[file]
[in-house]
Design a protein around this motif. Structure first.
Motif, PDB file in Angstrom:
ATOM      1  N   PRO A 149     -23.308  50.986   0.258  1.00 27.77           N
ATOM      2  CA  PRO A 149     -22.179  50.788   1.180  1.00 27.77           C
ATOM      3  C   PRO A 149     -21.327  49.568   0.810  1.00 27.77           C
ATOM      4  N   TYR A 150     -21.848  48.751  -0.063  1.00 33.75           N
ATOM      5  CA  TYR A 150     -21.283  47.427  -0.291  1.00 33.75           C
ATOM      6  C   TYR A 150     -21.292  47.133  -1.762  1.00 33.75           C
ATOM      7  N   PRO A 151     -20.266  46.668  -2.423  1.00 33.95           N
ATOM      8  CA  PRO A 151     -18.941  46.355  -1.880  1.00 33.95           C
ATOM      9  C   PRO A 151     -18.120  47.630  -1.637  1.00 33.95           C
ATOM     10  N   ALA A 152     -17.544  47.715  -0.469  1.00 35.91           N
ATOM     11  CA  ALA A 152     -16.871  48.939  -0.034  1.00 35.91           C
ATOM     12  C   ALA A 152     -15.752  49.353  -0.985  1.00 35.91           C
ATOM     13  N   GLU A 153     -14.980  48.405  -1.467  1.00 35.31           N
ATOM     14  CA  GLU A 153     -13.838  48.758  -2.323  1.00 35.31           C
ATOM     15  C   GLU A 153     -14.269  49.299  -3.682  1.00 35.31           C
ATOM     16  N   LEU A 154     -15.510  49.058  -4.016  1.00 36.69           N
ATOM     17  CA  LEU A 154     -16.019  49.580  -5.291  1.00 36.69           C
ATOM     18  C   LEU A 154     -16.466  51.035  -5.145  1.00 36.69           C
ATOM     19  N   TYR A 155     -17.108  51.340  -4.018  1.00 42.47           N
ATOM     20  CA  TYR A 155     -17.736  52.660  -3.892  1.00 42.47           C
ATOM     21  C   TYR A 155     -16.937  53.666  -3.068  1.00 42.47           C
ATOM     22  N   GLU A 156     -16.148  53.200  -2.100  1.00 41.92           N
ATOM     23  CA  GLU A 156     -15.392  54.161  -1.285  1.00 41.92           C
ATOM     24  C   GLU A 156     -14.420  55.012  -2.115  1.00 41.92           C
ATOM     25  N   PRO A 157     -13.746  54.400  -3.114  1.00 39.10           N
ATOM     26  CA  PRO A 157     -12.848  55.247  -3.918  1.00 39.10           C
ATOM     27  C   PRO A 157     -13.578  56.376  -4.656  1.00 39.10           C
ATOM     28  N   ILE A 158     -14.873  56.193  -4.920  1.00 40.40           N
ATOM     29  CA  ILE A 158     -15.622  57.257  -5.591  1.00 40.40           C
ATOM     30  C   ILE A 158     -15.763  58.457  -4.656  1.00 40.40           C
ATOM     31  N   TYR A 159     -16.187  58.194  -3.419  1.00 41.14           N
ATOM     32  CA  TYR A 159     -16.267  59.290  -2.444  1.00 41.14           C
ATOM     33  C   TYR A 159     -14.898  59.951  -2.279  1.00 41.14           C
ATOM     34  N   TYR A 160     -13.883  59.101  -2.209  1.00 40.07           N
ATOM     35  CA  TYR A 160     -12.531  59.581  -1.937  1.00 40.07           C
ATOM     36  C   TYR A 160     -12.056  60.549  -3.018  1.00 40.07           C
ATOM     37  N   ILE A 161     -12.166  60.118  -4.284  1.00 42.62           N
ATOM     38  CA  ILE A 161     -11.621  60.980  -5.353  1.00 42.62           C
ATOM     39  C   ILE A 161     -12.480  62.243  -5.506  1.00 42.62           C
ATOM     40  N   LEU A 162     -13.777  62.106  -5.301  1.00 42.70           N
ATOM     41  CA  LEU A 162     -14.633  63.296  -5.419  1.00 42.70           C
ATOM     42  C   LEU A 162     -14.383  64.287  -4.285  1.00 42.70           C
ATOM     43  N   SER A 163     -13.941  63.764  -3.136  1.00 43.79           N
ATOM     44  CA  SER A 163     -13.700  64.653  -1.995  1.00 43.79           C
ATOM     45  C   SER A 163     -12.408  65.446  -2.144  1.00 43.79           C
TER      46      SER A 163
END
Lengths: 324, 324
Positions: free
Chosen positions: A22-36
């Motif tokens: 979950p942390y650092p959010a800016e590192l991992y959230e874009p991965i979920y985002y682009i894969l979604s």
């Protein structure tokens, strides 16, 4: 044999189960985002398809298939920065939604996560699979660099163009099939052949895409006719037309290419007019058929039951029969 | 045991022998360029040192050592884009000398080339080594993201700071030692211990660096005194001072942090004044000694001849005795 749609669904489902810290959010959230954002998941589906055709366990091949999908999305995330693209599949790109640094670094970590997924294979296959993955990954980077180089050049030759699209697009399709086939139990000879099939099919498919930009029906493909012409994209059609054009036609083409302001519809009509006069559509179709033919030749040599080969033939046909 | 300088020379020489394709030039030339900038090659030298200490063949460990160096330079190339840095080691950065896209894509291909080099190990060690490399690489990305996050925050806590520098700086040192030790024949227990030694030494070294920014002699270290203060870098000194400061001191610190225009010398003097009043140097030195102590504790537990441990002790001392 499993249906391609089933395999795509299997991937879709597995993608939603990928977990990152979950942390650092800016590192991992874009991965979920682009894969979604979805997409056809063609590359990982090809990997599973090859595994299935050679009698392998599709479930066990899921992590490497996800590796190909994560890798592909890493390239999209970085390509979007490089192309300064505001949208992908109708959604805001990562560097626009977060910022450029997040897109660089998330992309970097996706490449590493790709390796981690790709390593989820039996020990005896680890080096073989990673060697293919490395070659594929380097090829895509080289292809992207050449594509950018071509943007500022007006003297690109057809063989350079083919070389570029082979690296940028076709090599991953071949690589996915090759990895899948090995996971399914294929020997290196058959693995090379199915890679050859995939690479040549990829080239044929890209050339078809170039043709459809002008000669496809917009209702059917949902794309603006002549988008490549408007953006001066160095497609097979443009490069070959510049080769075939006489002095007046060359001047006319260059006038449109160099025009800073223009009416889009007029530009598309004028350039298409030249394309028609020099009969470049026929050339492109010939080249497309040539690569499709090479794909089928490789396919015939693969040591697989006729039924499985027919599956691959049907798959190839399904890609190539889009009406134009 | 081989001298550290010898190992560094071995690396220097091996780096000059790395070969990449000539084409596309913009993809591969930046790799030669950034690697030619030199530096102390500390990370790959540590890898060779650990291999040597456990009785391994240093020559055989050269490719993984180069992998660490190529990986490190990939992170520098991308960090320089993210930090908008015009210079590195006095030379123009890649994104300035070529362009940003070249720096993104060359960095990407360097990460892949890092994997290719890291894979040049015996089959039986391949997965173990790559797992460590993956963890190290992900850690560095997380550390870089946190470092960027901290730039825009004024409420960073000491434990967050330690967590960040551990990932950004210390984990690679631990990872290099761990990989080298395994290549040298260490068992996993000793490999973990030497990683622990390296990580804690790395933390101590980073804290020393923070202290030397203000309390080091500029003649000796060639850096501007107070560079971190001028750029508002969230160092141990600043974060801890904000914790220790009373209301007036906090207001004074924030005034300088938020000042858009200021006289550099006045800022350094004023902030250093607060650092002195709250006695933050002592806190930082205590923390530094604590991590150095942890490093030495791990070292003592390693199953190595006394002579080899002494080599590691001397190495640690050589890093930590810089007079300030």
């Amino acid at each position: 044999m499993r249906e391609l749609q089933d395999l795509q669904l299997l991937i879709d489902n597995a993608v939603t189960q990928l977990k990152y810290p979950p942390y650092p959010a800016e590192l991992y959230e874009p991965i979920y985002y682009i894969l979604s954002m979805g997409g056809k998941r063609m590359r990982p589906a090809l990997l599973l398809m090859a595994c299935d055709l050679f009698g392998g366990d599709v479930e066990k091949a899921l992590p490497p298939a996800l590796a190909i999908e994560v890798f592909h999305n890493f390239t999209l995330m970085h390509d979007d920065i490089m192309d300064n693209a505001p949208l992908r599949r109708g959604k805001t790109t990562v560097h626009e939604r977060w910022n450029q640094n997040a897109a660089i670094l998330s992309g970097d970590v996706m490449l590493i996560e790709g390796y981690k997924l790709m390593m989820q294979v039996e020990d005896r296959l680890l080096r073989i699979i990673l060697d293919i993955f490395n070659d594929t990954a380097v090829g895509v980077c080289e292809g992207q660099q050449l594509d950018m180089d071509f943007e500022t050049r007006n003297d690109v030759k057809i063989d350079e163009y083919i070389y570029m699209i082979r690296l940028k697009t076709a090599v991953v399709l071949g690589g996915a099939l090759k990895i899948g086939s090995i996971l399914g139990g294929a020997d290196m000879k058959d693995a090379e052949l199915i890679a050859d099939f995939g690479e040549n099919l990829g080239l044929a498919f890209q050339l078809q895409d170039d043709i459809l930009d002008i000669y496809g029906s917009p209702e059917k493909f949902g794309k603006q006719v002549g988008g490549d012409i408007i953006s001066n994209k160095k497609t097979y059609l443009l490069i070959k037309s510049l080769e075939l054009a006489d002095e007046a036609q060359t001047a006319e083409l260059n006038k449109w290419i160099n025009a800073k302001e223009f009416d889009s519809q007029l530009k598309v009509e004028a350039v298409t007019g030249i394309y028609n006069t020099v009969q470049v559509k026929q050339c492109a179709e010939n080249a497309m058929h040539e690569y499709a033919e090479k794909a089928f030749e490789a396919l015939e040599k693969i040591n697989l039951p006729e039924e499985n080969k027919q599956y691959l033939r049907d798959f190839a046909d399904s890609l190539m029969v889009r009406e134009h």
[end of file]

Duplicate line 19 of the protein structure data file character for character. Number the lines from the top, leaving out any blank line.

ATOM     16  N   LEU A 154     -15.510  49.058  -4.016  1.00 36.69           N